John Grillo was born July 4, 1917 in the small industrial town of Lawrence, Massachusetts. The 1930s brought the family to Hartford, Connecticut where as a child growing up his first influences were felt, since his Father painted and sculpted. John would frequent the Wadsworth Antheneum Museum in Hartford where the collection of portraits would inspire him to become a portrait painter. In 1935 he enrolled in the Hartford School of Fine Arts where he learned portrait and landscape painting. He painted the poor and the working class and in 1939 he painted a large mural depicting a family of three sitting at a dining table with no food on their plates (based possibly on a lithograph by Daumier). During this period his major interests included the “Ashcan School”, Luks, Robert Henri, Thomas Hart Benton and Reginald Marsh, together with the works of the old masters.
During World War II, in 1944, Grillo enlisted in the Navy and was sent to Okinawa in the South Pacific where he continued to paint landscapes and scenes of life in the service. At that time he was inspired by a reproduction of Robert Motherwell’s collage, “Pancho Villa”. This soon led to his flowing and spontaneous abstractions, some of which were included in a post- war exhibition entitled, “Soldier Art” at the National Gallery of Art in Washington D.C.
Grillo arrived in San Francisco at the war’s end in 1946 and enrolled in the San Francisco School of Fine Arts under the G.I. Bill. Douglas MacAgy, the director, remembered Grillo as that “fiery young sailor” and gave him a studio and a lot of free reign. In Susan Landauer’s, “John Grillo, the San Francisco Years. Art of California”, May 1990: “Short on art supplies, Grillo used whatever was at hand. He threw cocoa and coffee grounds on sheets of paper to make speckled abstract patterns, tying the compositions together with washes and linear designs”
Although he was only there for two short years, Grillo played a seminal role in the San Francisco branch of a movement that would revolutionize American Art. Today, Grillo is acknowledged as perhaps the first and purest “action painter” on the West Coast and one of the most influential painters of San Francisco’s school of Abstract Expressionism” (Thomas Albright, “Art in the San Francisco Bay Area” 1985.)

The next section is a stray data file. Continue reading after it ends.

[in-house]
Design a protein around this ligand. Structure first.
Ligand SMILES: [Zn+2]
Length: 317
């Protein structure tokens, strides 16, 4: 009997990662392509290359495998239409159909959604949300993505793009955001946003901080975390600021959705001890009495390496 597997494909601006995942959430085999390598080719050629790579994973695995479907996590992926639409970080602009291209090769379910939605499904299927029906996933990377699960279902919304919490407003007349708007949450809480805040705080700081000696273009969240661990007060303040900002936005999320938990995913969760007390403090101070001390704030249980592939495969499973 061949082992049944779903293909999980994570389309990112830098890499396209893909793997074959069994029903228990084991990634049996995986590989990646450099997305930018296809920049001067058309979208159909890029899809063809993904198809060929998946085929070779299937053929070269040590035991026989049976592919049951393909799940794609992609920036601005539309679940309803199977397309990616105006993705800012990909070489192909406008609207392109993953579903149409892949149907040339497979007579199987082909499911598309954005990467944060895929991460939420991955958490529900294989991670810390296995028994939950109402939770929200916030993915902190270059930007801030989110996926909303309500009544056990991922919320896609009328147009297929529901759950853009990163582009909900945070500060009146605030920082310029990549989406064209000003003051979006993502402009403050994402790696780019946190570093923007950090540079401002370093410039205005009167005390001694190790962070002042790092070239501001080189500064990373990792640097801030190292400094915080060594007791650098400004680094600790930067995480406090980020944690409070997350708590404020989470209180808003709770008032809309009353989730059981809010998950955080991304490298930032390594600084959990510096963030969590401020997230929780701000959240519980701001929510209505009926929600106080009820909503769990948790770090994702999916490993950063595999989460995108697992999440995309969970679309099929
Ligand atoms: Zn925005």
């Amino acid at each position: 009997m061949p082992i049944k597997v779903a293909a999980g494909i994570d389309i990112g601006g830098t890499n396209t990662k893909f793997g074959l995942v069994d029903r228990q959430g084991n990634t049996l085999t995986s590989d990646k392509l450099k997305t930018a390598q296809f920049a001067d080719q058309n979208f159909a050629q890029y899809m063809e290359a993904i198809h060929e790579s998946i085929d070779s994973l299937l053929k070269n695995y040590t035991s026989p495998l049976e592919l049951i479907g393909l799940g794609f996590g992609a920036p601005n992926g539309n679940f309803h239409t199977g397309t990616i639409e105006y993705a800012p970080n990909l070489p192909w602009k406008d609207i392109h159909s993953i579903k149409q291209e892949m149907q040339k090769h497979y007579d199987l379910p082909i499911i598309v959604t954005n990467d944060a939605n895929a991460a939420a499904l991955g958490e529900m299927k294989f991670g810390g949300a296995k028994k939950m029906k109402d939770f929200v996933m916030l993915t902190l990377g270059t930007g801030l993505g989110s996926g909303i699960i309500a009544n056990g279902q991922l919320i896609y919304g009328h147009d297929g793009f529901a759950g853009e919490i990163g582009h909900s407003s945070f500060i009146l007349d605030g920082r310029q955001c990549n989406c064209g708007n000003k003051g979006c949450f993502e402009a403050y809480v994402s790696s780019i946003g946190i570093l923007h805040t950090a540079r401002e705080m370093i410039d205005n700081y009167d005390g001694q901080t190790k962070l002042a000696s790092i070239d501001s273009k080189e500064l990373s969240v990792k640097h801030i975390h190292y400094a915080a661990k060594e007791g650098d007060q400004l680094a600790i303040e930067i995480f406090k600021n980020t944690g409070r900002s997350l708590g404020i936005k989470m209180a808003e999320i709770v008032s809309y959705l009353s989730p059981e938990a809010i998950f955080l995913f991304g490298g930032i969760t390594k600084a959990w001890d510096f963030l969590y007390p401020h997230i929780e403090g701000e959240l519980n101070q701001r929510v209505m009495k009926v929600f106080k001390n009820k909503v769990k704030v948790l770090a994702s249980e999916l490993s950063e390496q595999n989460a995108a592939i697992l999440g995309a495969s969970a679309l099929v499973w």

In 1948, Grillo left San Francisco for the East Coast. Arriving in New York City, he entered the school of Hans Hofmann, an artist who had a love of dazzling colors that matched his own. He also spent summers at Hofmann’s School in Provincetown, Massachusetts. A mutual respect ensued, resulting in Hofmann’s acquiring paintings of Grillo. He then had his first one-man show in New York City at the Artist’s Gallery in 1948. In the 1950s he experimented with symbolism and action painting and grid-like paintings consisting of small squares based on Hofmann’s teachings. During the early 1950s works were being acquired at this period for some of the major museums such as The Metropolitan Museum of Art and the Whitney Museum of American Art.
In the 1960s, Grillo’s paintings evolved into a series of oversize canvases primarily in a luminous yellow range that to the critics evoked the power of light and sunshine. One artist called Grillo the Renoir of Abstract Expressionism, another compared him to Rubens for his sensuality. One critic brought up Turner, while another waxed eloquently about Venetian luminosity. Exhibitions of these works appeared at the Howard Wise Gallery and the Grace Borgenicht Gallery, both in New York.
In 1991, Grillo moved to Well Fleet, Massachusetts where he presently lives and maintains a studio. In a recent interview Grillo’s thoughts included the following: “Abstract painting is on a level with music. It’s a physical outburst from your whole being. It’s not the idea that is created and then you start painting. It’s always a challenge to shape something from nothing, to do the impossible.” As told to Jamieson Grillo, August, 2001.